Instead, they advise that you speak up about your feelings with those you care for - and feel free to express your emotions on a regular basis.

Or as one reader commented on the project: “Why write a letter when you're still here and can SAY all these things to those you love?”

"It takes tremendous courage to write a life review letter"

"It takes tremendous courage to write a life review letter"

However, while some people find it easy to open up, it is worth remembering that many others – particularly those from older generations – find it difficult to say what they really feel.

So much so that, in Bonnie Ware’s The Top Five Regrets of the Dying, the palliative nurse revealed that one of the biggest regrets experienced by her patients was that they hadn’t found the courage to express their feelings.

She explained: "Many people suppressed their feelings in order to keep peace with others. As a result, they settled for a mediocre existence and never became who they were truly capable of becoming.”

Others, she said, regretted that they had failed to “realise the full benefits of old friends until their dying weeks… [and] there were many deep regrets about not giving friendships the time and effort they deserved.”

Perhaps, for people who find it hard to express themselves on a daily basis, the letter project is perfect.

And, for others, it is worth remembering that the letter is not for you - not really.

It is, rather, a way to comfort those people who loved you best - and whose lives were rocked by your passing.

Images: iStock

Related

children's book anne green gables netflix.jpg

Mother's dying letter to her daughter has been returned 15 years on

postbox.jpg

First look at love letters between WW2 bride and her soldier husband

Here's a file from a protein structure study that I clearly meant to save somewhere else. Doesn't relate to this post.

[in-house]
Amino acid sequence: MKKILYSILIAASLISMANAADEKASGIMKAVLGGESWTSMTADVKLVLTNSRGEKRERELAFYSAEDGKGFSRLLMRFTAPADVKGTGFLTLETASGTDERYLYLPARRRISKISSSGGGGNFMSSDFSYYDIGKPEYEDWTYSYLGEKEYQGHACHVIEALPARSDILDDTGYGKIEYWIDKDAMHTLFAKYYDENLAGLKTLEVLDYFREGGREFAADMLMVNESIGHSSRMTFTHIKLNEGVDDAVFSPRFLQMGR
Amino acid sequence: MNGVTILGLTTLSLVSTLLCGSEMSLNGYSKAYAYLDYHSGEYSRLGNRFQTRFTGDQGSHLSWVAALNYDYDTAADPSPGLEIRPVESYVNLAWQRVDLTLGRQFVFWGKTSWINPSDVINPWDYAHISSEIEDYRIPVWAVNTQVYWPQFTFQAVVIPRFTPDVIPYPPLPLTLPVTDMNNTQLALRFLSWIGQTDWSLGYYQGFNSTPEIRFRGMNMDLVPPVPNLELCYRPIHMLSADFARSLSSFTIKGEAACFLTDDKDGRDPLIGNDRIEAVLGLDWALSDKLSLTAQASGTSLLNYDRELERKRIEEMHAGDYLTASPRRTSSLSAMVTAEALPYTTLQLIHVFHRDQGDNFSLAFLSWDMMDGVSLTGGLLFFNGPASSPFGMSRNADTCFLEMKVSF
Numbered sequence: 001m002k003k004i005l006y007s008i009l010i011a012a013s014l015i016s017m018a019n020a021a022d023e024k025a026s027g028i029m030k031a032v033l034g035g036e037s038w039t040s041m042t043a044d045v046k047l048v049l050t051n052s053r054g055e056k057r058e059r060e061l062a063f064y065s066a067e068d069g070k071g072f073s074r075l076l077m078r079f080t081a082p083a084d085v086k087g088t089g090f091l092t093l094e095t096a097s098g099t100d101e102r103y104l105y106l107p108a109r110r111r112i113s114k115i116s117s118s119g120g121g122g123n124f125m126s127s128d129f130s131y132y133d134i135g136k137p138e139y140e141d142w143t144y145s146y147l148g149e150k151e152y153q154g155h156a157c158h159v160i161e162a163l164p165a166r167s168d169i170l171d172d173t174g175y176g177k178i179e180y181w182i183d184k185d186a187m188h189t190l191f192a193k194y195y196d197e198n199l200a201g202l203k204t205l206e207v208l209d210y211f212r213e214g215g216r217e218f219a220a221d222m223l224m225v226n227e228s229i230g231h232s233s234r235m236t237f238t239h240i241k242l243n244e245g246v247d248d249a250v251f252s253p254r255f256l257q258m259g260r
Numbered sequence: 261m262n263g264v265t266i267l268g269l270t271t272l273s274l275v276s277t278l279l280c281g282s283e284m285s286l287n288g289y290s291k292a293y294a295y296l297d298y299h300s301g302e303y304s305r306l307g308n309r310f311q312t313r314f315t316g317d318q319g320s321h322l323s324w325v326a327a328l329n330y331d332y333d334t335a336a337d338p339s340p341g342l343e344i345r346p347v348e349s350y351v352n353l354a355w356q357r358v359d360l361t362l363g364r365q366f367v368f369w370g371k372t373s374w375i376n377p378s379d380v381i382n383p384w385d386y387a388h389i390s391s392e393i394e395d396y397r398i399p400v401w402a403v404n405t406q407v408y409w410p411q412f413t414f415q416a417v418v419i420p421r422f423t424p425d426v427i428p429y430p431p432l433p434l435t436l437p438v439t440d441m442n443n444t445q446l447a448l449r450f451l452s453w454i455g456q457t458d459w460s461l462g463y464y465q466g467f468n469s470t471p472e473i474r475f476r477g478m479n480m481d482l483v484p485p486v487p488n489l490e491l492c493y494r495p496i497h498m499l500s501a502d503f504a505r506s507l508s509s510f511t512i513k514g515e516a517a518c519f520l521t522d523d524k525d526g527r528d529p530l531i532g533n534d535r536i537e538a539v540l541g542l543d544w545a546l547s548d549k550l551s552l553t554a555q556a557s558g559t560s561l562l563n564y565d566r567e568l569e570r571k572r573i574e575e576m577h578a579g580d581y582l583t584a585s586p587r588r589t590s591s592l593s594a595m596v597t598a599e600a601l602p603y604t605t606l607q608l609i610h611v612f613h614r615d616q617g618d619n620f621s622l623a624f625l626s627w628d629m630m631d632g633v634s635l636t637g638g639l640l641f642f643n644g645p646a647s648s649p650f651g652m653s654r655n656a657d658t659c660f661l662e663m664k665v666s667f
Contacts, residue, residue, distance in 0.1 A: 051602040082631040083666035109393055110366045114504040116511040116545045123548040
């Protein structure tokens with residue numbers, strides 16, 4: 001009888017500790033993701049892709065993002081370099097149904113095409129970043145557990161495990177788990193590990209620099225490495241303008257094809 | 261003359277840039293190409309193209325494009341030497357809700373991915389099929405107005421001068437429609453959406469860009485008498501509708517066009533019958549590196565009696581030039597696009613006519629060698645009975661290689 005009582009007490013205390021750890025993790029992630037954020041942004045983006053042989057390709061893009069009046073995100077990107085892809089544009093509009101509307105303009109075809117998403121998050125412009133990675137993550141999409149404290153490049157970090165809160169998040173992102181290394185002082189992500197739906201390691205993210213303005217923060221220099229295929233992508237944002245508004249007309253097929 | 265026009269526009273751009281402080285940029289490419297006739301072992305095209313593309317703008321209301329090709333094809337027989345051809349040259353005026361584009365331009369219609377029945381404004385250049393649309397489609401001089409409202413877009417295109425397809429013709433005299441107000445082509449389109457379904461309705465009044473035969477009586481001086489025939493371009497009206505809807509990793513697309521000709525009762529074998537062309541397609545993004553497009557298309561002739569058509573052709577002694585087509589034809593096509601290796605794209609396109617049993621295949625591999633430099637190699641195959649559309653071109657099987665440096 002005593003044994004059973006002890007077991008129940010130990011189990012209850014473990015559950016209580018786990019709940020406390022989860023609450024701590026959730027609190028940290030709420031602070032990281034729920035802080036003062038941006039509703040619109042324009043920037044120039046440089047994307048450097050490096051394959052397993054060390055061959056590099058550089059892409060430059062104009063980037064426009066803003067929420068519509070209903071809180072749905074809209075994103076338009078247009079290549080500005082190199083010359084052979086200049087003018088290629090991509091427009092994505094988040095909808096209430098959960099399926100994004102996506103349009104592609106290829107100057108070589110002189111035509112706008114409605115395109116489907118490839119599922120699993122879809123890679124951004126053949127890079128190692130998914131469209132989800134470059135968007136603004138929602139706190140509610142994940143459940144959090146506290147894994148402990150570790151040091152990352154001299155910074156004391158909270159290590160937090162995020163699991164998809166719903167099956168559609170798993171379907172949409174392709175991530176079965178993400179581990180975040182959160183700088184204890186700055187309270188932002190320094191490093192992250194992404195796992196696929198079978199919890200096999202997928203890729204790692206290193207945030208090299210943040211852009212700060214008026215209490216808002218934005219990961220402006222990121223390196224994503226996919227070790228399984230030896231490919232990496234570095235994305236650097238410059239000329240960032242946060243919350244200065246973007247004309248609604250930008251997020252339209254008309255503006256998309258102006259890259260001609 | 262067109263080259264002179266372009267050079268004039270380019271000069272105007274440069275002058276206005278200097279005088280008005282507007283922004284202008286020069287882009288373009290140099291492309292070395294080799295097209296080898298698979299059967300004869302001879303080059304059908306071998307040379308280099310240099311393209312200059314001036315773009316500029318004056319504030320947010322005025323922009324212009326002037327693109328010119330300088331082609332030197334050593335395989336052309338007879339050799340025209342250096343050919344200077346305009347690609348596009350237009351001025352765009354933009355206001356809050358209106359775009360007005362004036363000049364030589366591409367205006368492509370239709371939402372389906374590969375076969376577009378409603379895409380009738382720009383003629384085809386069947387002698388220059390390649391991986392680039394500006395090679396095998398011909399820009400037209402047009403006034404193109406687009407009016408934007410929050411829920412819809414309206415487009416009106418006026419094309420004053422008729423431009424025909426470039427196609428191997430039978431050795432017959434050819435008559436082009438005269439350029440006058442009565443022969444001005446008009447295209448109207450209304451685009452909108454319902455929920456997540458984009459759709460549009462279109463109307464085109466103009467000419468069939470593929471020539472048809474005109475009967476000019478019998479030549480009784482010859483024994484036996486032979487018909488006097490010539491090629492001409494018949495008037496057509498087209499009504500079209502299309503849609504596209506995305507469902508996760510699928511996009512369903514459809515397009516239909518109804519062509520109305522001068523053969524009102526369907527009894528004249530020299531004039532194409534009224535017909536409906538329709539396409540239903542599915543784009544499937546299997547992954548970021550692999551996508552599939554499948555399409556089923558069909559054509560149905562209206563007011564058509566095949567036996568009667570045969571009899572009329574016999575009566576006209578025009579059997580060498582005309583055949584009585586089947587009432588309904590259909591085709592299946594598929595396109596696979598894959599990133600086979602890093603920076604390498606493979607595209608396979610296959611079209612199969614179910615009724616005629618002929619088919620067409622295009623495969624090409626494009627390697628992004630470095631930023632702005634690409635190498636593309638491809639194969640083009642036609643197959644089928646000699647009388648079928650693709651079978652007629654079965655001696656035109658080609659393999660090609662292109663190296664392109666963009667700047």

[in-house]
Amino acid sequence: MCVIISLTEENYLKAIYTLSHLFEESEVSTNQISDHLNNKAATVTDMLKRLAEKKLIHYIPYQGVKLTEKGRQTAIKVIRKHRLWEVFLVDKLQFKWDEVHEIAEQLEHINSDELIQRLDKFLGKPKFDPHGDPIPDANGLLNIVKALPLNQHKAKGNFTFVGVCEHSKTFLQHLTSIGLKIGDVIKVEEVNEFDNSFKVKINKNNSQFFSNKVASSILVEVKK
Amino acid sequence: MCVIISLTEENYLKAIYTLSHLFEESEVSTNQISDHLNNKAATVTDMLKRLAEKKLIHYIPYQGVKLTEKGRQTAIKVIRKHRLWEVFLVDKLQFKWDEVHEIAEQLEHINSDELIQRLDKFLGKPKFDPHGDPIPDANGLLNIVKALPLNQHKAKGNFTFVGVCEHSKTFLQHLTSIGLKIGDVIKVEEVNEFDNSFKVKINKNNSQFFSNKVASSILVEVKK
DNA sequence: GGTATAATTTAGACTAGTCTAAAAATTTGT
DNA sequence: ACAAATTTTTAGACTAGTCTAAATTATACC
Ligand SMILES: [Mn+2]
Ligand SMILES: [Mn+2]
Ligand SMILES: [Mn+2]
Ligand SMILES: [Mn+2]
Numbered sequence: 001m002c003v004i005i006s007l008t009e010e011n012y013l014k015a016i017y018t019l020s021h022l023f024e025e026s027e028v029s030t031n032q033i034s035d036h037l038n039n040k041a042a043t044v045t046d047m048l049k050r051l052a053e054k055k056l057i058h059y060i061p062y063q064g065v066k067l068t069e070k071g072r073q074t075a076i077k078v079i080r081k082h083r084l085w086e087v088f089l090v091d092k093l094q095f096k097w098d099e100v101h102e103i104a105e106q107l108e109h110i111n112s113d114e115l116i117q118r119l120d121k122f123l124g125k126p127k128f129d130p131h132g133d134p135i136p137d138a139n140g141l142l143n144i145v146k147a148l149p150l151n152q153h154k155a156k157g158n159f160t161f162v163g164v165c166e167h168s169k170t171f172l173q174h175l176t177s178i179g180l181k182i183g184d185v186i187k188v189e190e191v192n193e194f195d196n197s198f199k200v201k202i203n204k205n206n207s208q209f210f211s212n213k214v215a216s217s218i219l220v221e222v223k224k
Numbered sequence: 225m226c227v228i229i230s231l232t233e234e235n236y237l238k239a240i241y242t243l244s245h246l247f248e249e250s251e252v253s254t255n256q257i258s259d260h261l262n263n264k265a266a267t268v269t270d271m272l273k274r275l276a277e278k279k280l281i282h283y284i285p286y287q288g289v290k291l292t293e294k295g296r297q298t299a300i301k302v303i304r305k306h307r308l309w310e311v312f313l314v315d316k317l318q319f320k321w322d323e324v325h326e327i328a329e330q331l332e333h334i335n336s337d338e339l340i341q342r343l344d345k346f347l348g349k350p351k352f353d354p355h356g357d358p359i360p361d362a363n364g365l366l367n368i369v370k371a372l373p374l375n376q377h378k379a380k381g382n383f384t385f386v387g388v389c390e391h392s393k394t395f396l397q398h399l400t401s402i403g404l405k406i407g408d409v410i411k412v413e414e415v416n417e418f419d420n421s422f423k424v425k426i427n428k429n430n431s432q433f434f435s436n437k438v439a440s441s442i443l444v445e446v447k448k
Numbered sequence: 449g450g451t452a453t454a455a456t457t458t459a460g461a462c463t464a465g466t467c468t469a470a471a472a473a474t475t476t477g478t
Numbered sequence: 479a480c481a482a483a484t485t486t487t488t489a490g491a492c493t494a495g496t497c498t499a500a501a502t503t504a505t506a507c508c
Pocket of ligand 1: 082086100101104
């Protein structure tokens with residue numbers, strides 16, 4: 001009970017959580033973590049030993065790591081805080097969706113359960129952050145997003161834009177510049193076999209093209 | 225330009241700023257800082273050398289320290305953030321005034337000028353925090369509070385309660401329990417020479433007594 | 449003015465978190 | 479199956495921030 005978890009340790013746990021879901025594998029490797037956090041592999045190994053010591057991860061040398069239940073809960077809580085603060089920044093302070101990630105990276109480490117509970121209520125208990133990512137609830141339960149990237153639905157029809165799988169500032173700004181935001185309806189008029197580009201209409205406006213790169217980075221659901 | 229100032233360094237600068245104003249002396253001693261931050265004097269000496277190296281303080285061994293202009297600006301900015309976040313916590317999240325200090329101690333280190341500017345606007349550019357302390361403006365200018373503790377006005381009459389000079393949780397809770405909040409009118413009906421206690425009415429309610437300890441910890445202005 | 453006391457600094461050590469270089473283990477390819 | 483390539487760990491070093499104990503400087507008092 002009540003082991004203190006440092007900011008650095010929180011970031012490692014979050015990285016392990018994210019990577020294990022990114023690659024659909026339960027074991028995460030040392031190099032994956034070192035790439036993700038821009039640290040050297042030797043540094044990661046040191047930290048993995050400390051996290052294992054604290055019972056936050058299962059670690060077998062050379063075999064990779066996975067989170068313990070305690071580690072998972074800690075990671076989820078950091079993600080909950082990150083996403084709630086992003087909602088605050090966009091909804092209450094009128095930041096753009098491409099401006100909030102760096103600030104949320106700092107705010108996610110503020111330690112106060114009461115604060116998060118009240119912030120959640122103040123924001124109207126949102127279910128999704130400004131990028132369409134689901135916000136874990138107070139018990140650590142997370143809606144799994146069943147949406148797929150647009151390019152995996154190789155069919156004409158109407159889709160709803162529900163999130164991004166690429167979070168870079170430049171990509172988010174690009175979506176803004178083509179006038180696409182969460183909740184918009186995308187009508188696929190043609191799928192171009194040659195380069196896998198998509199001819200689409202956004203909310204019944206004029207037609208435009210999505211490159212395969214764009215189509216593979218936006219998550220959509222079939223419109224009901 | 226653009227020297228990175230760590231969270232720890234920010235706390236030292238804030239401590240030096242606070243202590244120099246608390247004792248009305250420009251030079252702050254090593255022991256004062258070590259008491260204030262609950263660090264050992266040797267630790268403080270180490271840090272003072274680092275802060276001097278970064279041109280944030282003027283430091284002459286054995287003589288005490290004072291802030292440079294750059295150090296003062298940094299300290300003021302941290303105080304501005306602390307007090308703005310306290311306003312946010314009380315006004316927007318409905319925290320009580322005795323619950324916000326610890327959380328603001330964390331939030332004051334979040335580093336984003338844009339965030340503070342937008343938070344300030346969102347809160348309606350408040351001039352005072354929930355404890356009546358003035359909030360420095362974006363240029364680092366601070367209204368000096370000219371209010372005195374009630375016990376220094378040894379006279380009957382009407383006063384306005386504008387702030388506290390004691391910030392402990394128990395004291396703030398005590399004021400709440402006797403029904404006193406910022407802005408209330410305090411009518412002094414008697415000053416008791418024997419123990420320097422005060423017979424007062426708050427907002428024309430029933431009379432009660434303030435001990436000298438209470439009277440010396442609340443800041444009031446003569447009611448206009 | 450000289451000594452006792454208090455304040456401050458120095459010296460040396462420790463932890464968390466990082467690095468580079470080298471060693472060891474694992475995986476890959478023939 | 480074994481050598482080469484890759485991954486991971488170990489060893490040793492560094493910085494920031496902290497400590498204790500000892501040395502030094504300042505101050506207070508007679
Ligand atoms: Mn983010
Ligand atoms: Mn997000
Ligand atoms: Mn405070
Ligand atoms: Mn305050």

woman.jpg

The heartwarming foreign words that have no direct English translation

Comments

More

“A teenage girl's first concert should be a rite of passage”

“And, last night it was snatched from their innocent hands”

by Lucy Foster
23 May 2017

Manchester attack: how you can help

The ways you can support the victims, survivors and investigation

by Amy Swales
23 May 2017

The entertainment world reacts to the Manchester terror attack

Tributes have poured in from stars across the globe following the tragedy

by Joe Ellison
23 May 2017

Manchester attack: the woman who heroically protected over 50 children

Paula Robinson has been praised for her heroism on social media

by Kayleigh Dray
23 May 2017

Manchester Arena blast: at least 22 dead and more than 50 injured

Home Secretary Amber Rudd has called it a “barbaric attack, deliberately targeting some of the most vulnerable in our society”

by Kayleigh Dray
23 May 2017

Everything you need to know about alkaline hydrolysis

It's an eco-friendly alternative to burials

by Sarah Biddlecombe
22 May 2017

How to chill a bottle of white wine in less than 3 minutes

Because who has time to wait for wine?

by Kayleigh Dray
22 May 2017

Bride’s wedding shoot with male bridesmaids goes viral

This computer engineer's bro-maids are basically awesome

by Amy Swales
22 May 2017

This is how you decide what to eat for lunch

Salad or sandwich?

by Sarah Biddlecombe
22 May 2017

How to tell if your friendship is failing - and how to fix it

These are the warning signs to look out for

by Sarah Biddlecombe
22 May 2017